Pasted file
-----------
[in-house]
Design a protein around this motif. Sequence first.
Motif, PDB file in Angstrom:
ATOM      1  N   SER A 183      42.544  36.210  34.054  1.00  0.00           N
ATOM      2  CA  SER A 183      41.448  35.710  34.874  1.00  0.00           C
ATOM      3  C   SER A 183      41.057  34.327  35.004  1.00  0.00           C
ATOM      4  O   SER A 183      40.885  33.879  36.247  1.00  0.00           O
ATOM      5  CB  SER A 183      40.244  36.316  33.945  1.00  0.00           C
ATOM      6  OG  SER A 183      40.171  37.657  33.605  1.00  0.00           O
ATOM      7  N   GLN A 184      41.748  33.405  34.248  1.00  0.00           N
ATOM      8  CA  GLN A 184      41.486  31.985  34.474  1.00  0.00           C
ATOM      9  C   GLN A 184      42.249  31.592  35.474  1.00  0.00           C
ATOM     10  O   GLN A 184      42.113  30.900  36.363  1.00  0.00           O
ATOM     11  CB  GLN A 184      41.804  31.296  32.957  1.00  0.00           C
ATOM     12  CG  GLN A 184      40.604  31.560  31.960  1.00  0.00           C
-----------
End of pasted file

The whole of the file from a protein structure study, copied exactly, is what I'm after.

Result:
[in-house]
Design a protein around this motif. Sequence first.
Motif, PDB file in Angstrom:
ATOM      1  N   SER A 183      42.544  36.210  34.054  1.00  0.00           N
ATOM      2  CA  SER A 183      41.448  35.710  34.874  1.00  0.00           C
ATOM      3  C   SER A 183      41.057  34.327  35.004  1.00  0.00           C
ATOM      4  O   SER A 183      40.885  33.879  36.247  1.00  0.00           O
ATOM      5  CB  SER A 183      40.244  36.316  33.945  1.00  0.00           C
ATOM      6  OG  SER A 183      40.171  37.657  33.605  1.00  0.00           O
ATOM      7  N   GLN A 184      41.748  33.405  34.248  1.00  0.00           N
ATOM      8  CA  GLN A 184      41.486  31.985  34.474  1.00  0.00           C
ATOM      9  C   GLN A 184      42.249  31.592  35.474  1.00  0.00           C
ATOM     10  O   GLN A 184      42.113  30.900  36.363  1.00  0.00           O
ATOM     11  CB  GLN A 184      41.804  31.296  32.957  1.00  0.00           C
ATOM     12  CG  GLN A 184      40.604  31.560  31.960  1.00  0.00           C